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Upham's Corner is a commercial center in Dorchester, the largest and most historic neighborhood of Boston, Massachusetts, USA. The intersection of Dudley Street/Stoughton Street and Columbia Road is the heart of Upham's Corner, and one of Dorchester's main business districts. It is served by the recently expanded MBTA's Fairmount Indigo Line Commuter Rail (Upham's Corner stop)  and several bus lines.
The district has several historical sites, including the Strand Theatre, the Columbia Square Masonic Hall Building (1895), and Dorchester North Burying Ground (1634), one of the nation’s oldest and one of seven seventeenth-century burying grounds in Boston. In addition to the Jones Hill neighborhood, the Upham's Corner business district is surrounded by other pleasant tree-lined residential neighborhoods - Virginia-Monadnock/Upham's Corner Westside, Nonquit Street, Eastman/Elder, and Annapolis Street area - that are home to a diverse mix of people, including Caucasians of European descent, Cape Verdeans, Hispanics, African Americans and West Indians. Recently, there has been a major influx of young professionals, gays, and working artists to the neighborhood, adding to its diversity. Dining options in the area include southern soul food cuisine as well as several ethnic restaurants including Cape Verdean, Caribbean, Chinese, Greek, and Italian.
In 2005, the city of Boston made a $6 million, four-year capital investment to rejuvenate the historic Strand Theatre in Upham's Corner. On January 9, 2007, Mayor Thomas Menino gave his State of the City Address from the stage of the Strand Theatre to help bring attention to restoration efforts and help revive the venue's historic prominence in the city of Boston.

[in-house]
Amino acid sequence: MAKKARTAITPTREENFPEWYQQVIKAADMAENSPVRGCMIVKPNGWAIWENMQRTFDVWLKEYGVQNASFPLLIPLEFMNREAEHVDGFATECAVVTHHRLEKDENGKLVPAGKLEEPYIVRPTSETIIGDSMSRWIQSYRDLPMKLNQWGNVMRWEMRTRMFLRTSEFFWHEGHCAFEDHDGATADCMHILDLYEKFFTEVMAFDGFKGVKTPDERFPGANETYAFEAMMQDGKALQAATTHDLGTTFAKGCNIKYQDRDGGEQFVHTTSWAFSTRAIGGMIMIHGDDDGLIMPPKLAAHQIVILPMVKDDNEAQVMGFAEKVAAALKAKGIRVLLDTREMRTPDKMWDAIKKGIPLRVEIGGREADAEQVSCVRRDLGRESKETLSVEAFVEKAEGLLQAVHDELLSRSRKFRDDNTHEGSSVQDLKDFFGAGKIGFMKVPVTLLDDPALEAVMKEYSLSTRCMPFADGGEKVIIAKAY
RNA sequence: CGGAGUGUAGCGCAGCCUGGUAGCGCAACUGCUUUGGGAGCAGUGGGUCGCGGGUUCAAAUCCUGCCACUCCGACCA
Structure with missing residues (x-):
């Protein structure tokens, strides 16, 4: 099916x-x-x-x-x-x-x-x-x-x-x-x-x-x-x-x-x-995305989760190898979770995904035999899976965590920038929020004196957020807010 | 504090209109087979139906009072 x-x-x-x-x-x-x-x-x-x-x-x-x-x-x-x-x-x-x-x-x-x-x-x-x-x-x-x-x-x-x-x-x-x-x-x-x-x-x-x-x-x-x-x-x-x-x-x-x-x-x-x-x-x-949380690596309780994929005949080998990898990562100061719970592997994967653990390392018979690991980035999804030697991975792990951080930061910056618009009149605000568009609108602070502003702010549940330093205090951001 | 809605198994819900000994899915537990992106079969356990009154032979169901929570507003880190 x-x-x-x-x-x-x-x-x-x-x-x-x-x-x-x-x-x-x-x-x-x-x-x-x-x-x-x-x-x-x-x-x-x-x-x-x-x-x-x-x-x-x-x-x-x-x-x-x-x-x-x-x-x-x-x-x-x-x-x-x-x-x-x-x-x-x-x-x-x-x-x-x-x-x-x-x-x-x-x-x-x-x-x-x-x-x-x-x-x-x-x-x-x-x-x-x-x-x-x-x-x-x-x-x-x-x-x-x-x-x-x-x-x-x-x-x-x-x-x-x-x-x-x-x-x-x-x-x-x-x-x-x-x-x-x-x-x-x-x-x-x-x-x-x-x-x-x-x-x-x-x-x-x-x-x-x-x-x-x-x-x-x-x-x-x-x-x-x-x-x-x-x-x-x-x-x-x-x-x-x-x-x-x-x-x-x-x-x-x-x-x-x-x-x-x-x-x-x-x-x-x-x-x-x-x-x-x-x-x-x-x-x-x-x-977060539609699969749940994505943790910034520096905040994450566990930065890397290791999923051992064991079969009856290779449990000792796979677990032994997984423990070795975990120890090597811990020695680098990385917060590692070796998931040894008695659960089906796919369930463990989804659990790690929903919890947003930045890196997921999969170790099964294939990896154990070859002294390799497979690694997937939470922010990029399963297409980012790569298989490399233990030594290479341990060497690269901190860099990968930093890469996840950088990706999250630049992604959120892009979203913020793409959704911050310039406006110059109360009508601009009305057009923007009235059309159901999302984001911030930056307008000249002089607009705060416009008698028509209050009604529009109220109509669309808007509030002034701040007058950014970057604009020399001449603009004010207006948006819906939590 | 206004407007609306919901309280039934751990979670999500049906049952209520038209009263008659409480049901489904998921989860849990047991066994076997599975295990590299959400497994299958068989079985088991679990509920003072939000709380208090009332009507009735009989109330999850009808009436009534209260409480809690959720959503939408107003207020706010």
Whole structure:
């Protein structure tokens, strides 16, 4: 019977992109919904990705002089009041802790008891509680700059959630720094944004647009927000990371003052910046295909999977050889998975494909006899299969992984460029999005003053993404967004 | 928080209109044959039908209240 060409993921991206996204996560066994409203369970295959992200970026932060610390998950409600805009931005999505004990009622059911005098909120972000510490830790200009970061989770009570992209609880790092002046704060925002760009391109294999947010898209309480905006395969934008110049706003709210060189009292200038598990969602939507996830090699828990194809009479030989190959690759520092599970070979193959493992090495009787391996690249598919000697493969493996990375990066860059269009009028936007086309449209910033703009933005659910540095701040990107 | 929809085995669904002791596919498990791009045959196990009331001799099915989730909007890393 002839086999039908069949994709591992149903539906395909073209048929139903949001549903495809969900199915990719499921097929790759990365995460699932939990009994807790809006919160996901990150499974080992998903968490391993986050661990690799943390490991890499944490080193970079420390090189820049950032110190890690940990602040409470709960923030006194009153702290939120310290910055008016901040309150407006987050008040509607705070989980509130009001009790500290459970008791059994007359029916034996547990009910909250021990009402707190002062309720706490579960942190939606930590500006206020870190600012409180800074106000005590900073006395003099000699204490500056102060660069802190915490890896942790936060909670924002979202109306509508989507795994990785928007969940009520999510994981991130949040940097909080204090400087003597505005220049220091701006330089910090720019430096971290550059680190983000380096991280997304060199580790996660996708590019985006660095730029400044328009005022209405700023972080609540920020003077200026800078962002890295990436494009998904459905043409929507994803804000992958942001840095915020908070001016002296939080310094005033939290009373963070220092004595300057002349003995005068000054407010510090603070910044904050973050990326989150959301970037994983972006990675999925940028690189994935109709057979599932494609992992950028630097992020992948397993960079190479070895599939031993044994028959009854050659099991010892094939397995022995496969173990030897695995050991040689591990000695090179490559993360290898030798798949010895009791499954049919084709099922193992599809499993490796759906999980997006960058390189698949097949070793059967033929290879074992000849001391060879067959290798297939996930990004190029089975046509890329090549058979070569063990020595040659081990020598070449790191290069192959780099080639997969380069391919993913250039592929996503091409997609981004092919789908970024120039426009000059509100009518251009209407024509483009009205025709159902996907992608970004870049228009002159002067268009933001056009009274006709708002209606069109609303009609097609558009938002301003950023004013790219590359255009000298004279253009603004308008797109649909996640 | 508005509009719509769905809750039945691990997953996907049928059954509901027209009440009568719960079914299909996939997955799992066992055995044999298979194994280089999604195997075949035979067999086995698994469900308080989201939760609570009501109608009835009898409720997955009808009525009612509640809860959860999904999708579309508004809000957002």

Upham's Corner is named for Amos Upham (1788-1879), who opened a dry goods store in 1804 on the site of the present Columbia Square building. This store was run by three generations of the Upham family, into the mid 1890s.
The Edward Everett Elementary School, Boston Collegiate Charter Middle and High Schools, the William E. Russell Elementary School, the Roger Clap Innovation School, the John W. McCormack School, and the Lilla G. Frederick Pilot School are located near Upham's Corner.
In 2014, Boston Mayor Marty Walsh announced a major municipal investment in the Upham’s Corner Main Street area's infrastructure. The $3.1 million investment was put in place to help finance a number of neighborhood initiatives, including revamping local storefronts, adding street and sidewalk lights and improving the Strand Theatre. The monetary move also had positive implications in the realm of public art.
Mayor Walsh's transition focused on fostering public art and injecting culture into each of Boston's various neighborhoods, along with bringing Boston to the forefront of global innovation and technology. One of the recommendations relayed by his Arts & Culture Transition Team included committing "dedicated funding to the arts and increase that funding until Boston ranks among the top five cities in the nation as measured by per capita support for its diverse arts and culture activity."
As per Mayor Walsh's announcement, new arts and culture programs through the Upham’s Corner ArtPlace initiative will help to boost the commercial district's aesthetics, including a $500,000 public art commission from the Boston Foundation and Dudley Street Neighborhood Initiative.
The DSNI has since commissioned Cedric Douglas to head the project, which was put on permanent display in the neighborhood. The new funding allowed for more dexterity in crowdsourcing ideas for what Douglas's work of art shaped up to be.
"The first phase of the commission is a three-month process during which Cedric and his UP Truck team will hold artistic interventions, games, community meetings, etc. to engage residents to see what type of art should be created and where in Upham’s," continued Rosselló-Cornier. "Unlike many other public art commissions, there’s no preconceived notion of what artist's piece is, in what medium will it be created and, or, where it will be installed."
The UP Truck is almost exactly what you think it is: a food truck-like vehicle that travels around Boston promoting urban art. In fact, it bills itself as "a mobile creative arts lab for community engagement using unconditional ways to engage people in the arts. UP inspires spontaneous discovery, creativity, and fun."
Using the UP Truck, Douglas is able to effectively traverse the area to get the best possible idea of what residents want to see displayed as a work of art that embodies the neighborhood's core values.